I first saw this deck in 2007 at my favorite metaphysical store. I knew right away it was special when the owners told me the deck was so popular she couldn’t keep it in stock for long. I haven’t heard that about any Tarot deck before, so of course I had to buy it and see for myself.
The deck is a standard 78-card deck with Rider-Waite-based images. But the first thing I noticed was the colors; they are incredibly powerful and bright, much more so than many decks I have seen. They seem to radiate optimism and hope. The artwork is excellent, and the more “disturbing” Rider-Waite images (Death, for example) have been softened somewhat by the artist. A number of the major arcana cards also feature astrological symbols.
One feature that I really like is the color-coded orbs in the top middle of each minor arcana card so you can tell a particular suit at a glance. The orbs on the major arcana have Roman numerals.
My favorite card in this deck is The Lovers. It is an excellent interpretation of the standard Rider-Waite imagery but with some new twists. One of the main differences from the Rider-Waite Lovers image that spoke to me is the absence of an archangel over the man and woman. The spiritual “blessing” in the card is represented by a golden light coming down from above. Also, the Lovers are embracing each other in waist-deep water, which represents their strong emotions. In the original Rider-Waite deck, no water can be seen on the card. Finally, while the Rider-Waite Lovers card clearly refers to the biblical story of Adam and Eve—with both figures unclad and a snake in the fruit tree behind the female figure—the Gilded Tarot represents a Greco-Roman style set of lovers; the male figure of the Gilded Tarot’s Lovers card is dressed in Greco-Roman battlefield garb, while the woman wears a bikini-style outfit with a gold circlet in her hair adorned with flowers.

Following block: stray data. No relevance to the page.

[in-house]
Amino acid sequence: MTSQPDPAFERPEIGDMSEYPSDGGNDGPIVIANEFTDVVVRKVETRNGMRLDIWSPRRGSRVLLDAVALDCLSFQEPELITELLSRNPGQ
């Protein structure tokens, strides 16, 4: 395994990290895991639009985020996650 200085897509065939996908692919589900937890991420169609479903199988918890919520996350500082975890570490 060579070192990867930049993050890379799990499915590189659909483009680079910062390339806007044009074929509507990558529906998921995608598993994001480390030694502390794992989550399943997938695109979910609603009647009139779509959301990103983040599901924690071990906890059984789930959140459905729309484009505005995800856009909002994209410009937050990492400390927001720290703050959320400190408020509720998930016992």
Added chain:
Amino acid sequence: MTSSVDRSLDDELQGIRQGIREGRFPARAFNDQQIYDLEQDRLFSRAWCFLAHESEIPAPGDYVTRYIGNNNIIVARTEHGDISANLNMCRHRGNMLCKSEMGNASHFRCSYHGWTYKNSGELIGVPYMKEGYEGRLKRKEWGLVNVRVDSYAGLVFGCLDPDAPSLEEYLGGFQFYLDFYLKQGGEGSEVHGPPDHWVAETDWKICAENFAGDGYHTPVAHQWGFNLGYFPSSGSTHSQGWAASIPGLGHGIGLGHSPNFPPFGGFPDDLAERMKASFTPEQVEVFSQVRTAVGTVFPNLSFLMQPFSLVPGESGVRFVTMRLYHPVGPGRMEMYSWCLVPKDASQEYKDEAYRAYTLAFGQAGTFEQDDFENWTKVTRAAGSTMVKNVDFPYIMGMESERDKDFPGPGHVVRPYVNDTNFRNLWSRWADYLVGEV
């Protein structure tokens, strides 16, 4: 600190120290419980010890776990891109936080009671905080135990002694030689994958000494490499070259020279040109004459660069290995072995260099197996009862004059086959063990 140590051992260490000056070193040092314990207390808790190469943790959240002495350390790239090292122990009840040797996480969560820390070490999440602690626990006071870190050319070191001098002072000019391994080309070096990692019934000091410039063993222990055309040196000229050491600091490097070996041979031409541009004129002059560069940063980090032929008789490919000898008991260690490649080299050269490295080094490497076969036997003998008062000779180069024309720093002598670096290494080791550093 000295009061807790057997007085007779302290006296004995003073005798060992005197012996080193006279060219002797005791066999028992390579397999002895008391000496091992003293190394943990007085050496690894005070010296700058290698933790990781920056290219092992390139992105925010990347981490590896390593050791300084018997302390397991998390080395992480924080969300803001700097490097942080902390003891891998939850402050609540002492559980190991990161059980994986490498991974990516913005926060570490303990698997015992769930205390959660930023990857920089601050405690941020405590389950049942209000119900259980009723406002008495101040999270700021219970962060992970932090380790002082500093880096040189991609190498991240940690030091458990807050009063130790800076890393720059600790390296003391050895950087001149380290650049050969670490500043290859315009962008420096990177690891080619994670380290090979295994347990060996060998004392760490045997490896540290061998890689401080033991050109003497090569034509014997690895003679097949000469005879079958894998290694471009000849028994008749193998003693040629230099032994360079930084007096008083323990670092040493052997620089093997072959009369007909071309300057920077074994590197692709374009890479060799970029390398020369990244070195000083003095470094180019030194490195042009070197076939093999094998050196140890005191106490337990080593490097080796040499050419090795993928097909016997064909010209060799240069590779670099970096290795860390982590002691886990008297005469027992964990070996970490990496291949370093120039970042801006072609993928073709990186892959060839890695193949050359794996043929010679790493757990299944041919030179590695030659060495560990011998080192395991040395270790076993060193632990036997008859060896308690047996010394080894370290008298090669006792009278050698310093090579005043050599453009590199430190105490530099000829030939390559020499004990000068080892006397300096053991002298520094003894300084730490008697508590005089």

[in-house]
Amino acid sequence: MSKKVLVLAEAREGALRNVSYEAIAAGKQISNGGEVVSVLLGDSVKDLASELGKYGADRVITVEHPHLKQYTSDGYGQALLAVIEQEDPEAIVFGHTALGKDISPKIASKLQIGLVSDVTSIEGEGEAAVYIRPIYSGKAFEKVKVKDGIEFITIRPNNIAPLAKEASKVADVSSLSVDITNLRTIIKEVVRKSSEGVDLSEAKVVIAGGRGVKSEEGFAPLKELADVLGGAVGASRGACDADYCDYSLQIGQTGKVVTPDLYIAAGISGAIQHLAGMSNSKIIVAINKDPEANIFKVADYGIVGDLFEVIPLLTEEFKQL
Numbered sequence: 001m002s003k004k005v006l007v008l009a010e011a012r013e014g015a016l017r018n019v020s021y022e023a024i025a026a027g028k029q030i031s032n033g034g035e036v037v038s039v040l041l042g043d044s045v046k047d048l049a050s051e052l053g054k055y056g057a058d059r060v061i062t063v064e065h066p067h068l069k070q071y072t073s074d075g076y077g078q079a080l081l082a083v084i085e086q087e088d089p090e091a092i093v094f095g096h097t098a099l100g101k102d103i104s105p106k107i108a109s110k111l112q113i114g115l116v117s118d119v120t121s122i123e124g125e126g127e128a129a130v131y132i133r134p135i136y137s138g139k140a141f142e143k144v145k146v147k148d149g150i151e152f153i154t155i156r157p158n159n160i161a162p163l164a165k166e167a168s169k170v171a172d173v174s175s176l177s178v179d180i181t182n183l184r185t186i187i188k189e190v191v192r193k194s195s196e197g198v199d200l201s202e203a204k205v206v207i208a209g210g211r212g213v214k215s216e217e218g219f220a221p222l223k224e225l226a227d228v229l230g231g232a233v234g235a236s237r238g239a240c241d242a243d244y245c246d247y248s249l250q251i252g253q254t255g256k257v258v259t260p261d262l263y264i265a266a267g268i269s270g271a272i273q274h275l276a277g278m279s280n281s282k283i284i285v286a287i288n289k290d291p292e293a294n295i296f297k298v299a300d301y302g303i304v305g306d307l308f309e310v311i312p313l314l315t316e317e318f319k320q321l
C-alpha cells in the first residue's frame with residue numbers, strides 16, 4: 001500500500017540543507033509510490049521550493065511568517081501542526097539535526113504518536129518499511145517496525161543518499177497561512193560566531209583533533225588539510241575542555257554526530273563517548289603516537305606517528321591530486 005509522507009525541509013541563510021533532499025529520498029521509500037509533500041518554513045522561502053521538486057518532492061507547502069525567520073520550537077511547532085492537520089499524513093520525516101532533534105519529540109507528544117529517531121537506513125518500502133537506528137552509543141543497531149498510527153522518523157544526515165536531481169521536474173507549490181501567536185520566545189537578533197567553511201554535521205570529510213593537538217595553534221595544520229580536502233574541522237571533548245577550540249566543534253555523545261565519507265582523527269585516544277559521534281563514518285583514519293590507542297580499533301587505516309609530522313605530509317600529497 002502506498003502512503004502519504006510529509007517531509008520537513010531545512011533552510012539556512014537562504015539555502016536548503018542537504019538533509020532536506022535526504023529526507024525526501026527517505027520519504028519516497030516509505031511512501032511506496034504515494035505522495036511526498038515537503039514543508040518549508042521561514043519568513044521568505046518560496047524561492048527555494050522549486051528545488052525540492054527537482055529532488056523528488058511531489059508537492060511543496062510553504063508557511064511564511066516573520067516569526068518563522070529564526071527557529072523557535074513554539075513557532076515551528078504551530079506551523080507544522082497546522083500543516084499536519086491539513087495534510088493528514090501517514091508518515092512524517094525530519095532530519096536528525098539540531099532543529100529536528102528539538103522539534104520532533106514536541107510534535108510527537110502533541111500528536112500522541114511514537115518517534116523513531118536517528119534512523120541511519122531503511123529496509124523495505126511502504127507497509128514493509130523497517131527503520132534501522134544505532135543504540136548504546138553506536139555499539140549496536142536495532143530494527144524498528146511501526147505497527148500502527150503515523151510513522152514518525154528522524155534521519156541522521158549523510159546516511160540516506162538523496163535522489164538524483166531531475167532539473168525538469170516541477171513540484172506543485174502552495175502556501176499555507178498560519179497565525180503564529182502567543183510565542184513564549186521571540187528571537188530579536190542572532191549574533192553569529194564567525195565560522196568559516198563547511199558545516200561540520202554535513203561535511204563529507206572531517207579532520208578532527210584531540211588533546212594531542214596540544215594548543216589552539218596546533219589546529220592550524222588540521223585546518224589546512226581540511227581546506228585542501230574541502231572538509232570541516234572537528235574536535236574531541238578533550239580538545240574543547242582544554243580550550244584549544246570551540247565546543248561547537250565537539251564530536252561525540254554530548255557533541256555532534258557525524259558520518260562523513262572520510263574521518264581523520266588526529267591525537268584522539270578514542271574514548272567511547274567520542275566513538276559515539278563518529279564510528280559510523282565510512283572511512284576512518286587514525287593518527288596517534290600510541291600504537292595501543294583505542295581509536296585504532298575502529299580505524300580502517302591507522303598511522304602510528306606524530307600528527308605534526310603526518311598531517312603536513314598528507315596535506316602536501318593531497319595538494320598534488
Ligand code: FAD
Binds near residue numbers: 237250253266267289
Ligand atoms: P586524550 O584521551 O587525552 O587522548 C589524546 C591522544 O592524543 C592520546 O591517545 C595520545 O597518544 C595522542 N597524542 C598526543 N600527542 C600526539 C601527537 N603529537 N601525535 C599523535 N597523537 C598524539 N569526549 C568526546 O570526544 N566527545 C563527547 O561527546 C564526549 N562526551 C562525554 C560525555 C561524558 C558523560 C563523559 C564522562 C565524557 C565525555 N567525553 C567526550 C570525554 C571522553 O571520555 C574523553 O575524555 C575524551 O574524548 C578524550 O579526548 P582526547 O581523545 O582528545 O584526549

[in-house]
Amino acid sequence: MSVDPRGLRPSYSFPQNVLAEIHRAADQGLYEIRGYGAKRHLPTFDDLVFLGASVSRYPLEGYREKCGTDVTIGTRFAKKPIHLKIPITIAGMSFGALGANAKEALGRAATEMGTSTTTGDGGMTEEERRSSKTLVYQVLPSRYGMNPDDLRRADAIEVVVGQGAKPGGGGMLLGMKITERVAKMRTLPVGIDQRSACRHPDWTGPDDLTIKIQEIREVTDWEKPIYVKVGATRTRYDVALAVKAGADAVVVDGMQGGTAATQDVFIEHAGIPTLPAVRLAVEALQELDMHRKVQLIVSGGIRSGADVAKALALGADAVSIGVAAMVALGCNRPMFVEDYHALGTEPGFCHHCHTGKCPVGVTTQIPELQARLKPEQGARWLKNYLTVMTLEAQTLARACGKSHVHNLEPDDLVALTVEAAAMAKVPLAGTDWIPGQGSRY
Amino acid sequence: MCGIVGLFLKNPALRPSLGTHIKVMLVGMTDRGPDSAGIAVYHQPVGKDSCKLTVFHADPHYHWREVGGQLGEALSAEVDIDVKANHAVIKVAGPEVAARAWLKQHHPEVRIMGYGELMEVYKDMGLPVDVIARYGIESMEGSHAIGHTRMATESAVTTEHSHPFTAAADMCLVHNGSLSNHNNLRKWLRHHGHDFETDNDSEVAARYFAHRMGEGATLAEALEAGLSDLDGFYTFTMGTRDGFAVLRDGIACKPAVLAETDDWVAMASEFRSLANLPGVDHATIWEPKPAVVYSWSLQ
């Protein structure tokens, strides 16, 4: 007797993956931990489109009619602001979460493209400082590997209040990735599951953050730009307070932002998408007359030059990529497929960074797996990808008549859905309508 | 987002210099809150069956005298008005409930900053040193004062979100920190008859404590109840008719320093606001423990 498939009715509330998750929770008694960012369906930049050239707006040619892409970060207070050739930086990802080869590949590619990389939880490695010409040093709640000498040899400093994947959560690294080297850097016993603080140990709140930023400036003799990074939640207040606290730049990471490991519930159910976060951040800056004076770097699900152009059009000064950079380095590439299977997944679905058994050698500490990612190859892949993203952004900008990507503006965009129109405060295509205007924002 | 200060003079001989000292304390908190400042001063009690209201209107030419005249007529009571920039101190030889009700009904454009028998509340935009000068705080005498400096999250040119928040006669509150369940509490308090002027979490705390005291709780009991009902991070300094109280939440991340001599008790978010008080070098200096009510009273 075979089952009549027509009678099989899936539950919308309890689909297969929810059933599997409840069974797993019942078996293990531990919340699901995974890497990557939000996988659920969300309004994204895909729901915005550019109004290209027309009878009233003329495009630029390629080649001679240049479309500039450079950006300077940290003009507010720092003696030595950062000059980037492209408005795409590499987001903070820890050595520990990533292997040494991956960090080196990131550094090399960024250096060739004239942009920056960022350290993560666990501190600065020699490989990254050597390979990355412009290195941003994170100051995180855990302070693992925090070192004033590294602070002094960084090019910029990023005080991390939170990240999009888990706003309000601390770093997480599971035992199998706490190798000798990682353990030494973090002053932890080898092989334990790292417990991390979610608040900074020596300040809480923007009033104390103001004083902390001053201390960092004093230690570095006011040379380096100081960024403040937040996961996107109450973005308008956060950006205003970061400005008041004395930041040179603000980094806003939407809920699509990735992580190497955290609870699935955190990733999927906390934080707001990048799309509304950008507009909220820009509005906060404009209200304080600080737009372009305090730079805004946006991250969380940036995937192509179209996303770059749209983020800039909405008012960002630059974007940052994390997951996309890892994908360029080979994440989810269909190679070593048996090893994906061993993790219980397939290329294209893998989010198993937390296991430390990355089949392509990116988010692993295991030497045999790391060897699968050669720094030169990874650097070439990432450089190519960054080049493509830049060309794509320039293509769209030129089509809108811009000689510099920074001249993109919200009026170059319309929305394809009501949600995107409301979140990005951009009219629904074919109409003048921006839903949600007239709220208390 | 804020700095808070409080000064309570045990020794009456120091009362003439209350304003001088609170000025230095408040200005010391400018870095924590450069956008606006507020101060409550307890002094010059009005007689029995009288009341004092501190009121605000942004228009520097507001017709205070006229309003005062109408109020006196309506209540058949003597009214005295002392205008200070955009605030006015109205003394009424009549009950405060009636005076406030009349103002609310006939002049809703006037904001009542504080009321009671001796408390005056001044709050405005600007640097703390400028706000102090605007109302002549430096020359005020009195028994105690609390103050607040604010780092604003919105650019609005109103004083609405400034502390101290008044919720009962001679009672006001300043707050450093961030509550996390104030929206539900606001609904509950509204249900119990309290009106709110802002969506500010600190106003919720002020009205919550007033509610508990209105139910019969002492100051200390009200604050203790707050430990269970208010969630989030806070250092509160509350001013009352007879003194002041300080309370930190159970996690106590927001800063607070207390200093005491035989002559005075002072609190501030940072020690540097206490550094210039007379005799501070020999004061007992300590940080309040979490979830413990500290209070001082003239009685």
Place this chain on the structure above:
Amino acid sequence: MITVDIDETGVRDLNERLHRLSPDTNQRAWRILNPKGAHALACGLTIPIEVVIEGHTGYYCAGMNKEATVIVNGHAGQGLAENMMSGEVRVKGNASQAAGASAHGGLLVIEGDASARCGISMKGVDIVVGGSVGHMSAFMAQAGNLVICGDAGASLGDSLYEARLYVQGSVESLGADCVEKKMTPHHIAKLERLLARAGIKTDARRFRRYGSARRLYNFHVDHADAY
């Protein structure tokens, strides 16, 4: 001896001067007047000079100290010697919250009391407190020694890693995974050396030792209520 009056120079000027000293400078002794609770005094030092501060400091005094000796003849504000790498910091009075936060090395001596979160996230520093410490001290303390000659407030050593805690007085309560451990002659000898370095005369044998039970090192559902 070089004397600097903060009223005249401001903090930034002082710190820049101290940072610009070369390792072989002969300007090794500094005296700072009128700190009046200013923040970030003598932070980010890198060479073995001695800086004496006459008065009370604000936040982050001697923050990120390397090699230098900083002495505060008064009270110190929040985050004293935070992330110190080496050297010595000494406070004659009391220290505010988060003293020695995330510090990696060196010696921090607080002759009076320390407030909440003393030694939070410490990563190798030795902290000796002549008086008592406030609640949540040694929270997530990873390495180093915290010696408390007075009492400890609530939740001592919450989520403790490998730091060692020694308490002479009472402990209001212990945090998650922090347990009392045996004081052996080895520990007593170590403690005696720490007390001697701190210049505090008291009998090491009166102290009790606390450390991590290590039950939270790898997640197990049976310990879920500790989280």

I found very little not to like about this deck. If I had to cite one negative thing, it is this deck’s incredible power to get people to pay attention to it to the exclusion of all other decks. When I offer a choice of decks to querents, if the Gilded is among the choices it is inevitably picked. I have never had a querent say to me “No, I don’t want the Gilded Tarot,” which does happen with some of my other decks. I actually stopped bringing the Gilded with me for a while because I wanted to read with other decks!
I’d recommend this deck for anyone familiar with the Rider-Waite style imagery and looking for a bright, optimistic Tarot deck. Fire signs in particular will gravitate to it because of its bold color scheme. Leos especially may like this deck so much they may never use another one; their propensity for lavishing attention on things will not be wasted here.
NOTE: Since this review was written, I’ve become a lot more familiar with Ciro Marchetti’s work, and if you like this deck, you’ll like his others: The Tarot of Dreams and the Legacy of the Divine Tarot.